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Friday, May 6, 2016

Our View

Thursday, January 22, 2004

Resisting liberation

It's a strange predicament our soldiers face in Iraq. A handful of Iraqis, mainly members of Saddam Hussein's Baath Party, vow to continue the fight to liberate Iraq from the very Americans who are there to liberate THEM. Picture a wildlife ranger who frees a lion from the poacher's traps, only to have the lion attack him.

These Iraqis see the Americans as invaders and occupiers. They refuse to believe those soldiers just want to finish the job and come home, the same thing the American people want. All they would have to do is wait and see. But, blinded by their hatred, they only prolong the time Americans will remain in Iraq.

Those in the resistance imagine we actually want to colonize their country, when our sole interest is to end the reign of a notorious terror state that sponsored terrorism outside its borders and harbored terrorists within. That requires regime change. But it's not enough to remove the dictator; we must also establish a democratic government in which all people groups are fairly represented.

Liberals in this country sniff that we are arrogant to try to impose western-style democracy in an eastern nation instead of letting it choose its own government, as if there is any way other than a representative democracy for the people to choose their own government. The alternative would be a hundred gangs shooting at one another until only one, the most brutal, is left standing. That's hardly "choosing."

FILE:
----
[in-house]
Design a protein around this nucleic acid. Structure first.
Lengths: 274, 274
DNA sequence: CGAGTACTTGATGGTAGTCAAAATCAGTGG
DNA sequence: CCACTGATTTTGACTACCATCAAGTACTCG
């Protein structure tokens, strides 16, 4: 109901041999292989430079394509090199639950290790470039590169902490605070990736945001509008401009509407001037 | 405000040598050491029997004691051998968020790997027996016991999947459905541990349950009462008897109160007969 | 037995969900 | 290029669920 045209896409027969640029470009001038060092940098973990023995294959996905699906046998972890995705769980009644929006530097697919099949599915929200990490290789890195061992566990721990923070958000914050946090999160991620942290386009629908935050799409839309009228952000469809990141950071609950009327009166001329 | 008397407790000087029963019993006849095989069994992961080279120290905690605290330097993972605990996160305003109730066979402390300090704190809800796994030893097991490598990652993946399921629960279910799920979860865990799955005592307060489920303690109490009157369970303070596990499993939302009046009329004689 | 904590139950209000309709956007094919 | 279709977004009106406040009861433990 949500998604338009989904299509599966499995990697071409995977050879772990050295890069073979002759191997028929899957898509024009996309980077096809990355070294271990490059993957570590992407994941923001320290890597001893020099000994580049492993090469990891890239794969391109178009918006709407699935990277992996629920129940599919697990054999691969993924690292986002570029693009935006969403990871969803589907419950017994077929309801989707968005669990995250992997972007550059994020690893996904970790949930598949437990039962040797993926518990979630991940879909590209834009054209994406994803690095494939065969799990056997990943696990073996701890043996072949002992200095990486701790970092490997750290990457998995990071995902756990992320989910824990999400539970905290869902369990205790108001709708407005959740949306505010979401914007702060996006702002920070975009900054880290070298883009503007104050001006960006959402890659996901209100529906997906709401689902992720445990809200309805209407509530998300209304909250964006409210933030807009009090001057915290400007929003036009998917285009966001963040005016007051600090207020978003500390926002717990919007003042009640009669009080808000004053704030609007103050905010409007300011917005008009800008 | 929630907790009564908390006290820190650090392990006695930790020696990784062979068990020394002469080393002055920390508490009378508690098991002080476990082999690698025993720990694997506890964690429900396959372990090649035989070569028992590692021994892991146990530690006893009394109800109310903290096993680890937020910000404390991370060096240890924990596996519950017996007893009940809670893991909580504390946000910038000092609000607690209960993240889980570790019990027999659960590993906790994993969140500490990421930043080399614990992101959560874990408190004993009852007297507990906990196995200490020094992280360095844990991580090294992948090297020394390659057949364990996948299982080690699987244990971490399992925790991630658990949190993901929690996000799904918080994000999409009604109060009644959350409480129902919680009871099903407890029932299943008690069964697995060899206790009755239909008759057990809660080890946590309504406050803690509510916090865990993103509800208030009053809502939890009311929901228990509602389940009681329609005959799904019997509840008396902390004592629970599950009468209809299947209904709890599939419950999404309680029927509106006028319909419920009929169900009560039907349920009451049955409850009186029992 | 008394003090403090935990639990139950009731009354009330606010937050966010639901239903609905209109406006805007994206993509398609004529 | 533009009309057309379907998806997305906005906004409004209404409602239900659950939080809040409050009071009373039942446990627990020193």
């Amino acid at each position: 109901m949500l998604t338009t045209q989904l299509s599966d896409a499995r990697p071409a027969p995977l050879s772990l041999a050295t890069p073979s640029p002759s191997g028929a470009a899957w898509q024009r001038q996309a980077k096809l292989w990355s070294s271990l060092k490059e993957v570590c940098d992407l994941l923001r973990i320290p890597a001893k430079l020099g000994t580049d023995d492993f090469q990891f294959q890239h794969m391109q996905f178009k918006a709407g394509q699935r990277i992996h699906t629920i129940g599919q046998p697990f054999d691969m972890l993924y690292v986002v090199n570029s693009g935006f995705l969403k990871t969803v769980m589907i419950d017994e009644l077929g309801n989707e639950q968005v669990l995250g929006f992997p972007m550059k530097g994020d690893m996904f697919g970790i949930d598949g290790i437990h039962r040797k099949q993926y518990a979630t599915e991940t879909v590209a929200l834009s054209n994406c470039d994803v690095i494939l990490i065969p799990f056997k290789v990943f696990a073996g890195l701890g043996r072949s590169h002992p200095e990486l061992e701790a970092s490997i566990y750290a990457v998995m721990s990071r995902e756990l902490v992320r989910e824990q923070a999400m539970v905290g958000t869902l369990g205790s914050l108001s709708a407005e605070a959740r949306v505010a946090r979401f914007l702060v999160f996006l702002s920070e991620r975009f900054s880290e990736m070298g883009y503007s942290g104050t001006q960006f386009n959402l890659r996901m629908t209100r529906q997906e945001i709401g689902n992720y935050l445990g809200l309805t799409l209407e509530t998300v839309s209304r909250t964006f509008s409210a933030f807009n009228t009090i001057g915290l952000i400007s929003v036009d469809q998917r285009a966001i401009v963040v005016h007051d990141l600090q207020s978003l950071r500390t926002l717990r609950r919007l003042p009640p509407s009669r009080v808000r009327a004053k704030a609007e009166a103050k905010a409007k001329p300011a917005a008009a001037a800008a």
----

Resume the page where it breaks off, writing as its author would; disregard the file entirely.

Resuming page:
Most Americans, like most Iraqis, remain cautiously optimistic the operation will succeed in establishing an Iraq in which the people enjoy broad freedoms, notably freedom from the terror of tyranny. Despite the setbacks, the people of Iraq are already enjoying the highest standard of living in a generation. We are rebuilding the infrastructure faster than rebel Iraqis can destroy it. Health care and education are already being delivered at far above pre-war standards.

These are inconvenient facts for the resistance, just as they are for the most vociferous critics of our policy on this side of the Atlantic. Americans opposed to the war angrily protest when it is pointed out that they are in lock step with the Baathists who are busy firing grenade launchers at Red Cross helicopters.

Ironically, American critics of the operation -- clustered mainly in Hollywood and academia -- continue to condemn the war that ousted Saddam Hussein, when the alternative would be his continued reign of terror -- complete with rape rooms, human shredding machines and gassed villages. It is hard for people so enamored with their own importance to admit they are wrong. Here or there.

Liberals are insulted when their views are likened to the remaining vestiges of the terror state, even though their criticism is reflected perfectly in the Baathist resistance, whose soldiers hate everything American, including American liberals themselves whose shrill voices are in perfect harmony with theirs.

We can shoot the lion, but what can we do about the liberal?--DC